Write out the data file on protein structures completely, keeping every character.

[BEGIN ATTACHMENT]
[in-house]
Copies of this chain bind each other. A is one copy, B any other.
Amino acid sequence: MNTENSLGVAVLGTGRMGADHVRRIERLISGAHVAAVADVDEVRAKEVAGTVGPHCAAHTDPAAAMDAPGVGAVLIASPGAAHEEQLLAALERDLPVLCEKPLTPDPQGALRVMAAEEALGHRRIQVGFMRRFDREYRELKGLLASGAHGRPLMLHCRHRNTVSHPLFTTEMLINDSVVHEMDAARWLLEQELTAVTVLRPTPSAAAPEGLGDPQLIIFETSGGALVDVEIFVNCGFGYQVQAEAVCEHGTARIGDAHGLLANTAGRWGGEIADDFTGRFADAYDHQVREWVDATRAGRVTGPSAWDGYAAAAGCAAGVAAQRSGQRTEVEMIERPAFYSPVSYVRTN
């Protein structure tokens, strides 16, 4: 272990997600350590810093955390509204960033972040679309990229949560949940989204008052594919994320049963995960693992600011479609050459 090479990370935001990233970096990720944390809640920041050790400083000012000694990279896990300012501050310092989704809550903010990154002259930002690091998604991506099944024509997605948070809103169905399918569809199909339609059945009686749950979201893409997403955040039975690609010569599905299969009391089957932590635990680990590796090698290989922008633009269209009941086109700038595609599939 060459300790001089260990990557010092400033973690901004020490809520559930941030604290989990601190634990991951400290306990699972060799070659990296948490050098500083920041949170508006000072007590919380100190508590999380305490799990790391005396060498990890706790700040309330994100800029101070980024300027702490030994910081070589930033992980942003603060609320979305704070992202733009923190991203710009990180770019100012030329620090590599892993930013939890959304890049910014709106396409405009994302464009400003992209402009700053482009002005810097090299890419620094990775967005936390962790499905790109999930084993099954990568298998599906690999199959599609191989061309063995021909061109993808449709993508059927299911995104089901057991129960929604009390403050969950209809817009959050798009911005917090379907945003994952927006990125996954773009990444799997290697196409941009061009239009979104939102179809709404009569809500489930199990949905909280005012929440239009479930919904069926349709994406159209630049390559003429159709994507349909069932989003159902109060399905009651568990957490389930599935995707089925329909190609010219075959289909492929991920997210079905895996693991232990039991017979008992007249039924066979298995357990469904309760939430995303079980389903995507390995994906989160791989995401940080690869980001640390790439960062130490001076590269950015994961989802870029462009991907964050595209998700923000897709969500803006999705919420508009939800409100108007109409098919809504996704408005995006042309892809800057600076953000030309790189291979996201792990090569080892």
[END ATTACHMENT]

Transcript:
[in-house]
Copies of this chain bind each other. A is one copy, B any other.
Amino acid sequence: MNTENSLGVAVLGTGRMGADHVRRIERLISGAHVAAVADVDEVRAKEVAGTVGPHCAAHTDPAAAMDAPGVGAVLIASPGAAHEEQLLAALERDLPVLCEKPLTPDPQGALRVMAAEEALGHRRIQVGFMRRFDREYRELKGLLASGAHGRPLMLHCRHRNTVSHPLFTTEMLINDSVVHEMDAARWLLEQELTAVTVLRPTPSAAAPEGLGDPQLIIFETSGGALVDVEIFVNCGFGYQVQAEAVCEHGTARIGDAHGLLANTAGRWGGEIADDFTGRFADAYDHQVREWVDATRAGRVTGPSAWDGYAAAAGCAAGVAAQRSGQRTEVEMIERPAFYSPVSYVRTN
């Protein structure tokens, strides 16, 4: 272990997600350590810093955390509204960033972040679309990229949560949940989204008052594919994320049963995960693992600011479609050459 090479990370935001990233970096990720944390809640920041050790400083000012000694990279896990300012501050310092989704809550903010990154002259930002690091998604991506099944024509997605948070809103169905399918569809199909339609059945009686749950979201893409997403955040039975690609010569599905299969009391089957932590635990680990590796090698290989922008633009269209009941086109700038595609599939 060459300790001089260990990557010092400033973690901004020490809520559930941030604290989990601190634990991951400290306990699972060799070659990296948490050098500083920041949170508006000072007590919380100190508590999380305490799990790391005396060498990890706790700040309330994100800029101070980024300027702490030994910081070589930033992980942003603060609320979305704070992202733009923190991203710009990180770019100012030329620090590599892993930013939890959304890049910014709106396409405009994302464009400003992209402009700053482009002005810097090299890419620094990775967005936390962790499905790109999930084993099954990568298998599906690999199959599609191989061309063995021909061109993808449709993508059927299911995104089901057991129960929604009390403050969950209809817009959050798009911005917090379907945003994952927006990125996954773009990444799997290697196409941009061009239009979104939102179809709404009569809500489930199990949905909280005012929440239009479930919904069926349709994406159209630049390559003429159709994507349909069932989003159902109060399905009651568990957490389930599935995707089925329909190609010219075959289909492929991920997210079905895996693991232990039991017979008992007249039924066979298995357990469904309760939430995303079980389903995507390995994906989160791989995401940080690869980001640390790439960062130490001076590269950015994961989802870029462009991907964050595209998700923000897709969500803006999705919420508009939800409100108007109409098919809504996704408005995006042309892809800057600076953000030309790189291979996201792990090569080892």